Most people in New Jersey probably understand the dangers associated with drowsy driving to an certain extent. However, according to UCLA Health, driving while tired may be as dangerous as drunk driving. It has the same effect on your mind and body’s ability to respond to the surroundings in a timely manner. In fact, an estimated 100,000 accidents occur annually as a result of fatigue behind the wheel. If you are planning a long road trip in the near future, or if you sense a regular sluggishness behind the wheel, you should be aware of the causes of drowsy driving and the steps to take to prevent it.
Drowsiness while driving may affect you for several reasons. If you are driving at a time during which you are normally asleep, your body will be programmed to rest at that time, and it may be difficult to stay awake. Most people’s bodies’ circadian rhythms expect nighttime sleep. Therefore, taking a road trip throughout the night presents a higher risk than daytime driving. Additionally, most adults admit that they do not get sufficient sleep. You need at least seven hours of sleep on a regular basis in order to give your body the rest it needs.
It is important to plan ahead for a long road trip, or alter your lifestyle if you find yourself fighting fatigue behind the wheel. Ask a companion to join you on your trip to help keep you awake, and relieve you of your driving responsibilities if necessary. You may also benefit from intake of caffeine periodically to give you boosts of energy. Most importantly, allow your body to rest. Get a full night’s sleep before driving, and stop for breaks when needed.
The United States does not have a healthy track record when it comes to car accidents. In fact, according to CNN, when analyzed in a group of 20 affluent countries, the U.S. had the highest traffic-related death rate. The study found that an average of 19 car accident deaths occurred every day in the United States in 2013. While deaths are the most serious consequence of an accident, there are other ramifications that affect drivers and their passengers as well. Therefore, it is important for drivers in New Jersey to know about the peripheral expenses that may arise after an accident.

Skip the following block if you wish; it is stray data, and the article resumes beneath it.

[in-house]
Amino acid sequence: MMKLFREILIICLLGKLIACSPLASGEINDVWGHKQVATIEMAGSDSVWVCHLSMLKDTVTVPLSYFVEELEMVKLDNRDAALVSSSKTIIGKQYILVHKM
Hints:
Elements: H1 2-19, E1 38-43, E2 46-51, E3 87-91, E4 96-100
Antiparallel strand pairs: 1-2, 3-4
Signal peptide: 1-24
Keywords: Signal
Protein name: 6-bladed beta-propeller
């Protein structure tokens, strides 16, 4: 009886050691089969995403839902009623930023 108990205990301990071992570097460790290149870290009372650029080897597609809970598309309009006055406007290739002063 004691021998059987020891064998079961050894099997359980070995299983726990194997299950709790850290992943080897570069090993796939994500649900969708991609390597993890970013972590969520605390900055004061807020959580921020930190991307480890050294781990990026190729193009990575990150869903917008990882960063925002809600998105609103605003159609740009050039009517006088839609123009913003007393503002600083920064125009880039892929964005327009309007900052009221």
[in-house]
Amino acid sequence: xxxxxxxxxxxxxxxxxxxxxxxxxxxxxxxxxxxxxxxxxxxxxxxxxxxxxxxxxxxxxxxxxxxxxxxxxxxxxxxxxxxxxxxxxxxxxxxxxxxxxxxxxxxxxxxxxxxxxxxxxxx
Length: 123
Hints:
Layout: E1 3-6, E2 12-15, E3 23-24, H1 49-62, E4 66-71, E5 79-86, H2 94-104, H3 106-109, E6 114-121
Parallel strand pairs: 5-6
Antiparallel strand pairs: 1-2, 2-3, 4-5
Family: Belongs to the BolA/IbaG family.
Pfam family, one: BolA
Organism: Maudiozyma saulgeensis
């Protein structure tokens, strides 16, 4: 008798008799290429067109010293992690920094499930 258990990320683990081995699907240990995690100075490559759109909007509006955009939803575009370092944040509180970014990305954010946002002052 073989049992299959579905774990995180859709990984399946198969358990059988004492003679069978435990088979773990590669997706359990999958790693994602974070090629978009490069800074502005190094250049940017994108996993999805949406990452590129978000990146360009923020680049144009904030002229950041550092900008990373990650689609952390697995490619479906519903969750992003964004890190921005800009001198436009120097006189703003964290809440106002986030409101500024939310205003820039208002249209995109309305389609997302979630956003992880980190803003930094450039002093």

CheatSheet estimates that the average person will file an accident insurance claim about four times throughout his or her driving years. While some experience more accidents, and some experience fewer, everyone should prepared for an accident at some point. One of the most obvious expenses is vehicle repair. This may vary dramatically depending on the type of insurance coverage the driver has. Another related expense is renting a vehicle while the damaged one is being fixed. Some insurance plans may not cover a rental, so it may come as a surprise out-of-pocket expense.
Perhaps the most costly expense after a more severe accident is medical bills. While the at-fault driver may be required to cover the costs, their payment may not take place immediately. In the meantime, the victim may have to pay the medical bills and wait for a reimbursement. Injuries may also result in lost work time and income. Therefore, it is always a good idea to have a little bit of savings to cover the unexpected costs of a potential car accident.
There are many factors which may affect drivers’ performance on the road in New Jersey. Driving under the influence of alcohol or while distracted by mobile devices has led to many accidents and deaths. However, there is another potential source of impairment for people behind the wheel: sleeping pills. ABC News reported an experiment that was conducted in a driving simulator. The subject took a sleeping pill containing zolpidem, the most common ingredient found in these products.